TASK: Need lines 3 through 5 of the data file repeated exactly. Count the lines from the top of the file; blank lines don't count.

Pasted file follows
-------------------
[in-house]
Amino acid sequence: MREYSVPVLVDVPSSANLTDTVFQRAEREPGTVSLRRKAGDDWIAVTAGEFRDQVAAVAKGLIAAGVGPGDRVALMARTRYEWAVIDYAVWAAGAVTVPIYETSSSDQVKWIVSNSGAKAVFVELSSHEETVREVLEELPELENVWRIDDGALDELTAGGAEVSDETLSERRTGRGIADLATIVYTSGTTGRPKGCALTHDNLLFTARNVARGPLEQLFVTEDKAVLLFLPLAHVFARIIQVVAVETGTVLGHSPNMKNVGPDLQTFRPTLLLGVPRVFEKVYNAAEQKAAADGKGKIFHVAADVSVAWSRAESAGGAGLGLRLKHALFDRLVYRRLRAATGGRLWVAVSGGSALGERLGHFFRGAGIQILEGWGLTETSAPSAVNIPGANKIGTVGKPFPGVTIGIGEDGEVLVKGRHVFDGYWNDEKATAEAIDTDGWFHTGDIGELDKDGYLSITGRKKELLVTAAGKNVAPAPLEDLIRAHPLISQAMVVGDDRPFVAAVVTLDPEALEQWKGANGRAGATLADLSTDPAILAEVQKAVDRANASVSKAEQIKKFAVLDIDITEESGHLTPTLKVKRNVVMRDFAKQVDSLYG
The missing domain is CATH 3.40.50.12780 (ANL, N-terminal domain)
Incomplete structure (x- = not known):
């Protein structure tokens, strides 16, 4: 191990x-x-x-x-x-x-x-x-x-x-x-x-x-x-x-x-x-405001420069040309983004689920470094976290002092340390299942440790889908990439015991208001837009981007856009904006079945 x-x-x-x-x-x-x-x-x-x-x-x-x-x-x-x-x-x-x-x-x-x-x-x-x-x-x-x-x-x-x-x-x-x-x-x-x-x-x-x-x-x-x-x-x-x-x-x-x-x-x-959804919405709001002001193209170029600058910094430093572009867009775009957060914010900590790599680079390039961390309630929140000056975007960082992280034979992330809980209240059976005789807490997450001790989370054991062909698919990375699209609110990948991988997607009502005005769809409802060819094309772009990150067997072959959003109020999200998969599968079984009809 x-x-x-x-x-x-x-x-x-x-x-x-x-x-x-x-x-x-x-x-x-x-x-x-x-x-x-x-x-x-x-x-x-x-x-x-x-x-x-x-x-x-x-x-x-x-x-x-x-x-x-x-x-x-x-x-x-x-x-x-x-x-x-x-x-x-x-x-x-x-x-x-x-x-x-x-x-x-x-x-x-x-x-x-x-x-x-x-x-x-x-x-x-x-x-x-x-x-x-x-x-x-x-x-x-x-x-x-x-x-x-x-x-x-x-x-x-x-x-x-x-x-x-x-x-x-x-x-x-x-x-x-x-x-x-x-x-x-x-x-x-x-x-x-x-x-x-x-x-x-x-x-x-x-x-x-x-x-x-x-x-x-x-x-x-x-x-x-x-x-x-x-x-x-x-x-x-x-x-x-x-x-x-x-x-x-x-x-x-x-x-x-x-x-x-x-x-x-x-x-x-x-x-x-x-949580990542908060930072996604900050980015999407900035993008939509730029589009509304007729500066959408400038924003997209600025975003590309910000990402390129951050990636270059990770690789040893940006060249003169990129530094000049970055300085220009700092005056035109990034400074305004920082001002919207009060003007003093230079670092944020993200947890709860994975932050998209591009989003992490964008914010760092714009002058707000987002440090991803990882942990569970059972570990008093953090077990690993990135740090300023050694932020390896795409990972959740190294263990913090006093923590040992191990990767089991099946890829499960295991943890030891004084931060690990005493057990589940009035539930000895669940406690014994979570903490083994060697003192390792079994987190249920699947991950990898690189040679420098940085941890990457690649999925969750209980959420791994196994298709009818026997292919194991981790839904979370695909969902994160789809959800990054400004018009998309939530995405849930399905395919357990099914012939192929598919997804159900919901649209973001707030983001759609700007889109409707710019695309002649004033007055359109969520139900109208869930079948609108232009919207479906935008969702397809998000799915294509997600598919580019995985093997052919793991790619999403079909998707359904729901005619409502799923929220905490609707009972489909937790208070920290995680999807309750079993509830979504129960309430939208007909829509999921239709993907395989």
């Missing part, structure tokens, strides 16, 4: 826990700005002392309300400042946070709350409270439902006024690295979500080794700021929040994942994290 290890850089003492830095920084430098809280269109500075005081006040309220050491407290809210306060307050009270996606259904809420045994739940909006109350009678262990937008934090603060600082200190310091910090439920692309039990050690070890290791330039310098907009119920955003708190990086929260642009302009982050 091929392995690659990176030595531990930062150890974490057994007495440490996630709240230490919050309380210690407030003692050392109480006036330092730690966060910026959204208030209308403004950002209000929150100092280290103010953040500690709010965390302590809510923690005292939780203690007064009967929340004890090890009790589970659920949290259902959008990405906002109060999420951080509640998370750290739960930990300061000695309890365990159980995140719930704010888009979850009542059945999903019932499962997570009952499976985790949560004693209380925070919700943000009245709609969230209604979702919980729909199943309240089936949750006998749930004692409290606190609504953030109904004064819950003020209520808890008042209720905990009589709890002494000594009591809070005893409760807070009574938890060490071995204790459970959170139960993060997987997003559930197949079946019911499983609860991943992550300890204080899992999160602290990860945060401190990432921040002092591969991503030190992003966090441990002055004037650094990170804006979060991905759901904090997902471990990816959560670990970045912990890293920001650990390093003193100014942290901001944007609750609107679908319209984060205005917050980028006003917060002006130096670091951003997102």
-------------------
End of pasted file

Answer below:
The missing domain is CATH 3.40.50.12780 (ANL, N-terminal domain)
Incomplete structure (x- = not known):
């Protein structure tokens, strides 16, 4: 191990x-x-x-x-x-x-x-x-x-x-x-x-x-x-x-x-x-405001420069040309983004689920470094976290002092340390299942440790889908990439015991208001837009981007856009904006079945 x-x-x-x-x-x-x-x-x-x-x-x-x-x-x-x-x-x-x-x-x-x-x-x-x-x-x-x-x-x-x-x-x-x-x-x-x-x-x-x-x-x-x-x-x-x-x-x-x-x-x-959804919405709001002001193209170029600058910094430093572009867009775009957060914010900590790599680079390039961390309630929140000056975007960082992280034979992330809980209240059976005789807490997450001790989370054991062909698919990375699209609110990948991988997607009502005005769809409802060819094309772009990150067997072959959003109020999200998969599968079984009809 x-x-x-x-x-x-x-x-x-x-x-x-x-x-x-x-x-x-x-x-x-x-x-x-x-x-x-x-x-x-x-x-x-x-x-x-x-x-x-x-x-x-x-x-x-x-x-x-x-x-x-x-x-x-x-x-x-x-x-x-x-x-x-x-x-x-x-x-x-x-x-x-x-x-x-x-x-x-x-x-x-x-x-x-x-x-x-x-x-x-x-x-x-x-x-x-x-x-x-x-x-x-x-x-x-x-x-x-x-x-x-x-x-x-x-x-x-x-x-x-x-x-x-x-x-x-x-x-x-x-x-x-x-x-x-x-x-x-x-x-x-x-x-x-x-x-x-x-x-x-x-x-x-x-x-x-x-x-x-x-x-x-x-x-x-x-x-x-x-x-x-x-x-x-x-x-x-x-x-x-x-x-x-x-x-x-x-x-x-x-x-x-x-x-x-x-x-x-x-x-x-x-x-x-x-949580990542908060930072996604900050980015999407900035993008939509730029589009509304007729500066959408400038924003997209600025975003590309910000990402390129951050990636270059990770690789040893940006060249003169990129530094000049970055300085220009700092005056035109990034400074305004920082001002919207009060003007003093230079670092944020993200947890709860994975932050998209591009989003992490964008914010760092714009002058707000987002440090991803990882942990569970059972570990008093953090077990690993990135740090300023050694932020390896795409990972959740190294263990913090006093923590040992191990990767089991099946890829499960295991943890030891004084931060690990005493057990589940009035539930000895669940406690014994979570903490083994060697003192390792079994987190249920699947991950990898690189040679420098940085941890990457690649999925969750209980959420791994196994298709009818026997292919194991981790839904979370695909969902994160789809959800990054400004018009998309939530995405849930399905395919357990099914012939192929598919997804159900919901649209973001707030983001759609700007889109409707710019695309002649004033007055359109969520139900109208869930079948609108232009919207479906935008969702397809998000799915294509997600598919580019995985093997052919793991790619999403079909998707359904729901005619409502799923929220905490609707009972489909937790208070920290995680999807309750079993509830979504129960309430939208007909829509999921239709993907395989």